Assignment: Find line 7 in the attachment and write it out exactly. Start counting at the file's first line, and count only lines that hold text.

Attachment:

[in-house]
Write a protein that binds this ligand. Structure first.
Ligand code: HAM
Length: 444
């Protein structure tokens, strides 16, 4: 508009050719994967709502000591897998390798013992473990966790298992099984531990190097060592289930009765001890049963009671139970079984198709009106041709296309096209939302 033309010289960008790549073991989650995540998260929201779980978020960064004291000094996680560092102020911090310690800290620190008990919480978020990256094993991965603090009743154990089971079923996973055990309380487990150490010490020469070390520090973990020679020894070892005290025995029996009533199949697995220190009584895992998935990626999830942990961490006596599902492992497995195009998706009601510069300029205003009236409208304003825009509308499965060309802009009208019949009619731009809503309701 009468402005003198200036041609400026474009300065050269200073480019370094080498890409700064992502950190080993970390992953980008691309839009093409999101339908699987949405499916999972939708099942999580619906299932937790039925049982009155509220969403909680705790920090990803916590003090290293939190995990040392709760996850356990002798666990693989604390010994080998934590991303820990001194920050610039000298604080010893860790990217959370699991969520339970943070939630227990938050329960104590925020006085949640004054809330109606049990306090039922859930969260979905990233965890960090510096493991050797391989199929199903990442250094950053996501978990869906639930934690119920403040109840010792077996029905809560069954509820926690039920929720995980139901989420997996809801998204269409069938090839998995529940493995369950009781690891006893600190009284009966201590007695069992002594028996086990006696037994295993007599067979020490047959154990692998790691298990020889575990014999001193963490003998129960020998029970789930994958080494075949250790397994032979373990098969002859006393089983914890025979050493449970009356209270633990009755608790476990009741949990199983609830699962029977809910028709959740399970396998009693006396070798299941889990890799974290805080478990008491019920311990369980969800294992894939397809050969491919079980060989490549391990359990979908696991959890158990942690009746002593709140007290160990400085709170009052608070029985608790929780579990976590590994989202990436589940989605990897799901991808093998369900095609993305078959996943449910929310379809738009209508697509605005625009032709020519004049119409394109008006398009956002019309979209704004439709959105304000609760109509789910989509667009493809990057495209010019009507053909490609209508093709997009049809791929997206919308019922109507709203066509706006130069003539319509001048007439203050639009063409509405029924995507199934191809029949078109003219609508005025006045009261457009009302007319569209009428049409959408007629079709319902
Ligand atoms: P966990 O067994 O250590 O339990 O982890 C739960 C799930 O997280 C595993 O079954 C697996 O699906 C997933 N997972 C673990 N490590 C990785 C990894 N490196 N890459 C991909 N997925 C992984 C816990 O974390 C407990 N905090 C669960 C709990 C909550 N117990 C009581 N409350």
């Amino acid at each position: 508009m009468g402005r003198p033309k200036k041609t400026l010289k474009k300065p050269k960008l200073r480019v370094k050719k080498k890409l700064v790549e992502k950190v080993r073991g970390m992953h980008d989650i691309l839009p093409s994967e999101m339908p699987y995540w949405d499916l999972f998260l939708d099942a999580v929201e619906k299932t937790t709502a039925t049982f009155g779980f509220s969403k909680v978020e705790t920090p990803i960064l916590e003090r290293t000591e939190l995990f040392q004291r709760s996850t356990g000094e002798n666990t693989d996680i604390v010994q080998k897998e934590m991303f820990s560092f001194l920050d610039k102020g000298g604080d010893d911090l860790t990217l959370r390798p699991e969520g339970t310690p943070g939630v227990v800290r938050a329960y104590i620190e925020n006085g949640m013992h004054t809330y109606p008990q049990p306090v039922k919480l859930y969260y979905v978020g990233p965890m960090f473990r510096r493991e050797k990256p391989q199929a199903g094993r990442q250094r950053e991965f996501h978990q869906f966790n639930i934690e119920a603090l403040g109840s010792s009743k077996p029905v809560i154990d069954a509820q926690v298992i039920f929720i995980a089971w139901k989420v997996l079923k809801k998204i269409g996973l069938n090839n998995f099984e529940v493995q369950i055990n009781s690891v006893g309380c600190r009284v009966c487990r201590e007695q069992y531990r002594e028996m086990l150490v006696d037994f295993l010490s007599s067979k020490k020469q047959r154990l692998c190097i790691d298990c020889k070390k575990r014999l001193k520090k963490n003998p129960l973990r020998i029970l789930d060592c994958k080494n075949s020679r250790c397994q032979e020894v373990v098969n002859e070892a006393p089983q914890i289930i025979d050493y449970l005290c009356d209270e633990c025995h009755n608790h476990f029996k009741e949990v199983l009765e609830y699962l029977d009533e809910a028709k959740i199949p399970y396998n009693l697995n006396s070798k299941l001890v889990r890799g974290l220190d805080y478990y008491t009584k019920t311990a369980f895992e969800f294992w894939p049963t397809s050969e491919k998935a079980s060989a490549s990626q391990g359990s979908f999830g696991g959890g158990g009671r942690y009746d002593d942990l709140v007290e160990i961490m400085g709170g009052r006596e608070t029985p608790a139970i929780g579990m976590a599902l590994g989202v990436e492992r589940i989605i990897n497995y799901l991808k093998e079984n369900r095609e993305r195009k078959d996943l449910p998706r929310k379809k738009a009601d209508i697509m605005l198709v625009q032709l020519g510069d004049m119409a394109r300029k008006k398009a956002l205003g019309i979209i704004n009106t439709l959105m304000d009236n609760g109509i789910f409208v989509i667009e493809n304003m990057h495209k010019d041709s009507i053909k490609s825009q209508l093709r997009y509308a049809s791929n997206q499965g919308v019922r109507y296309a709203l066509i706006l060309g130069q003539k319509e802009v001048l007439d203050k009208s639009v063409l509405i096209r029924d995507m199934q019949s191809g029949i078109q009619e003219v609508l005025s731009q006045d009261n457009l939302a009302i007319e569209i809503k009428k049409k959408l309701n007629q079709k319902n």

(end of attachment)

């Amino acid at each position: 508009m009468g402005r003198p033309k200036k041609t400026l010289k474009k300065p050269k960008l200073r480019v370094k050719k080498k890409l700064v790549e992502k950190v080993r073991g970390m992953h980008d989650i691309l839009p093409s994967e999101m339908p699987y995540w949405d499916l999972f998260l939708d099942a999580v929201e619906k299932t937790t709502a039925t049982f009155g779980f509220s969403k909680v978020e705790t920090p990803i960064l916590e003090r290293t000591e939190l995990f040392q004291r709760s996850t356990g000094e002798n666990t693989d996680i604390v010994q080998k897998e934590m991303f820990s560092f001194l920050d610039k102020g000298g604080d010893d911090l860790t990217l959370r390798p699991e969520g339970t310690p943070g939630v227990v800290r938050a329960y104590i620190e925020n006085g949640m013992h004054t809330y109606p008990q049990p306090v039922k919480l859930y969260y979905v978020g990233p965890m960090f473990r510096r493991e050797k990256p391989q199929a199903g094993r990442q250094r950053e991965f996501h978990q869906f966790n639930i934690e119920a603090l403040g109840s010792s009743k077996p029905v809560i154990d069954a509820q926690v298992i039920f929720i995980a089971w139901k989420v997996l079923k809801k998204i269409g996973l069938n090839n998995f099984e529940v493995q369950i055990n009781s690891v006893g309380c600190r009284v009966c487990r201590e007695q069992y531990r002594e028996m086990l150490v006696d037994f295993l010490s007599s067979k020490k020469q047959r154990l692998c190097i790691d298990c020889k070390k575990r014999l001193k520090k963490n003998p129960l973990r020998i029970l789930d060592c994958k080494n075949s020679r250790c397994q032979e020894v373990v098969n002859e070892a006393p089983q914890i289930i025979d050493y449970l005290c009356d209270e633990c025995h009755n608790h476990f029996k009741e949990v199983l009765e609830y699962l029977d009533e809910a028709k959740i199949p399970y396998n009693l697995n006396s070798k299941l001890v889990r890799g974290l220190d805080y478990y008491t009584k019920t311990a369980f895992e969800f294992w894939p049963t397809s050969e491919k998935a079980s060989a490549s990626q391990g359990s979908f999830g696991g959890g158990g009671r942690y009746d002593d942990l709140v007290e160990i961490m400085g709170g009052r006596e608070t029985p608790a139970i929780g579990m976590a599902l590994g989202v990436e492992r589940i989605i990897n497995y799901l991808k093998e079984n369900r095609e993305r195009k078959d996943l449910p998706r929310k379809k738009a009601d209508i697509m605005l198709v625009q032709l020519g510069d004049m119409a394109r300029k008006k398009a956002l205003g019309i979209i704004n009106t439709l959105m304000d009236n609760g109509i789910f409208v989509i667009e493809n304003m990057h495209k010019d041709s009507i053909k490609s825009q209508l093709r997009y509308a049809s791929n997206q499965g919308v019922r109507y296309a709203l066509i706006l060309g130069q003539k319509e802009v001048l007439d203050k009208s639009v063409l509405i096209r029924d995507m199934q019949s191809g029949i078109q009619e003219v609508l005025s731009q006045d009261n457009l939302a009302i007319e569209i809503k009428k049409k959408l309701n007629q079709k319902n």